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What genes do experts think can increase the risk of developing Alzheimer’s?

By | October 21st, 2020

I think these studies are showing that there’s a lot more to the picture than ApoE. We are going to find more and more of these genes—maybe not to the same degree that ApoE is, but that will have their own role and they’ll work synergistically for or against the development of Alzheimer’s.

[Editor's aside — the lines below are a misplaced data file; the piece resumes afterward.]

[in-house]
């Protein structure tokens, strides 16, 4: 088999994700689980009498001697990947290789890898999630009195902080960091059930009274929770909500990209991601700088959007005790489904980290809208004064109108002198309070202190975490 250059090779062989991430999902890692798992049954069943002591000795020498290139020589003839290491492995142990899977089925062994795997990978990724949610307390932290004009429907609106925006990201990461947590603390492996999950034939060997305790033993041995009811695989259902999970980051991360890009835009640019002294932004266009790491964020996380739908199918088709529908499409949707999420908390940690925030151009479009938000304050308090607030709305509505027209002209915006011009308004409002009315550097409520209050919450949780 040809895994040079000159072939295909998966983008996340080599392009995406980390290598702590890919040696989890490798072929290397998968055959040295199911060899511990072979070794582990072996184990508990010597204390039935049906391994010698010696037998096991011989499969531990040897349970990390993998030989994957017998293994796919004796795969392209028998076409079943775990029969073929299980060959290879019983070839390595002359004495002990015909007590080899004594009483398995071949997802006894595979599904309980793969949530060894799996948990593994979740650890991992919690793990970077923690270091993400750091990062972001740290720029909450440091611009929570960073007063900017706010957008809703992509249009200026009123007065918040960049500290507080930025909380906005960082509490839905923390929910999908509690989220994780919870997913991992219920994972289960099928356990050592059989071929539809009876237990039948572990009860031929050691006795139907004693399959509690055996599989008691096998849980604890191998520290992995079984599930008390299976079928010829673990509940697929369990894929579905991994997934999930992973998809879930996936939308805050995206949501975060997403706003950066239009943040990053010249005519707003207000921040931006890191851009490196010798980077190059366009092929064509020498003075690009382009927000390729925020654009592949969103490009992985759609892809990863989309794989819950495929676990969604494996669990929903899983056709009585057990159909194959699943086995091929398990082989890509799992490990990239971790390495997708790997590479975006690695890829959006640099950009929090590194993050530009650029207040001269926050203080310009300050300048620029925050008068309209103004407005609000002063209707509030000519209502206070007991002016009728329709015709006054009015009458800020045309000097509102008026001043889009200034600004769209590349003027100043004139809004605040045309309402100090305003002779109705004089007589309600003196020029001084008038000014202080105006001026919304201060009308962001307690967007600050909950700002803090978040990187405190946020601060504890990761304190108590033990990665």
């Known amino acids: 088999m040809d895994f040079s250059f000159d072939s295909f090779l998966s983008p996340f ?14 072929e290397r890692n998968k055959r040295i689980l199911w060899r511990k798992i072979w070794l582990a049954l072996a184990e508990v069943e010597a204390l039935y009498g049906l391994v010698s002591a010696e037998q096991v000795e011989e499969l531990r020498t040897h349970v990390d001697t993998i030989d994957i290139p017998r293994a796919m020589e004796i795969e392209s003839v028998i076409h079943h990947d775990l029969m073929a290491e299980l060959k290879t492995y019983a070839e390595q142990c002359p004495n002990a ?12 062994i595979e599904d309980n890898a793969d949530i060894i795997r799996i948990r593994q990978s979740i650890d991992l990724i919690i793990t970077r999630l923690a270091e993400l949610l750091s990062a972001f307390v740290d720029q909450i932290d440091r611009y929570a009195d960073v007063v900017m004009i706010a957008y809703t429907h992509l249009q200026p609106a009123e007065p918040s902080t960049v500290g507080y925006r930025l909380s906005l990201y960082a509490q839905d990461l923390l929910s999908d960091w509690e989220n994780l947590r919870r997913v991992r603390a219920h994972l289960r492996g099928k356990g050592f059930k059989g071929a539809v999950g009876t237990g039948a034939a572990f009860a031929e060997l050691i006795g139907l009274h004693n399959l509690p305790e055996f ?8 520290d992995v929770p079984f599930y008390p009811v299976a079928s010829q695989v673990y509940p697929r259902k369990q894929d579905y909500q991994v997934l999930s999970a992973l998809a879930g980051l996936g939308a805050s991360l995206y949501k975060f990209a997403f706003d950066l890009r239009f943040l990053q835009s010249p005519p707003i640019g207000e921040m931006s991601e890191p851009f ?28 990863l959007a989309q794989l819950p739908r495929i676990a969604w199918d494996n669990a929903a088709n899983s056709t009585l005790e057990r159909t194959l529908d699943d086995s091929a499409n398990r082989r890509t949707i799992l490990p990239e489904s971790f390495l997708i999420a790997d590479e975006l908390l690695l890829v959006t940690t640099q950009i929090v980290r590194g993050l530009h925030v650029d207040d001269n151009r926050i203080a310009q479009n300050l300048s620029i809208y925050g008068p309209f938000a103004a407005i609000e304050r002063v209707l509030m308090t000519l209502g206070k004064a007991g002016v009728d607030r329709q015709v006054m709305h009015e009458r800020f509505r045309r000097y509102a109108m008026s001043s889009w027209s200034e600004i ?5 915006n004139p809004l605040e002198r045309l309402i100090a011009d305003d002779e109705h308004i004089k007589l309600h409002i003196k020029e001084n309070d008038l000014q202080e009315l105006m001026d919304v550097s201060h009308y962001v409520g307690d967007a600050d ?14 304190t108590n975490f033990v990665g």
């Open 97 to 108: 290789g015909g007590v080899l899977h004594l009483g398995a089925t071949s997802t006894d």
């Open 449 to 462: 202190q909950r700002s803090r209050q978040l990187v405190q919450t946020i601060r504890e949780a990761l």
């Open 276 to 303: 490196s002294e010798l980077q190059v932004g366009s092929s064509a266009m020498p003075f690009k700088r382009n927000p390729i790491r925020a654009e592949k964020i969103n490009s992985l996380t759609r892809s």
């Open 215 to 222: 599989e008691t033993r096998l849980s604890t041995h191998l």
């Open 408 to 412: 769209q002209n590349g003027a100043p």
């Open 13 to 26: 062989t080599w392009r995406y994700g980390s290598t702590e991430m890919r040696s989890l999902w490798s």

A recent study had hundreds of thousands of people in it, and they used a family history as their phenotype, meaning they took a look at a group of people and divided them between whether they had a family history or not. Then they looked at their genetic code and for specific gene mutations that were more associated with Alzheimer’s than not, or a family history or not. It doesn’t show a causal relationship; it doesn’t mean that these genes cause Alzheimer’s, but it showed a signal that they’re more associated with each other, and I think it’s important that we’re careful about that. Researchers discovered three new genes; two of them dealt with blood pressure and one dealt with a clotting factor. Frankly, the blood pressure one made a lot of sense. A lot of studies show the relationship between blood pressure and Alzheimer’s, and blood pressure and the development of the protein that leads to Alzheimer’s. I think we’re getting closer to finding more solid evidence for other genes, but I don’t think we’re at the point where we can say definitively that it’s ApoE, it’s this, and it’s this.

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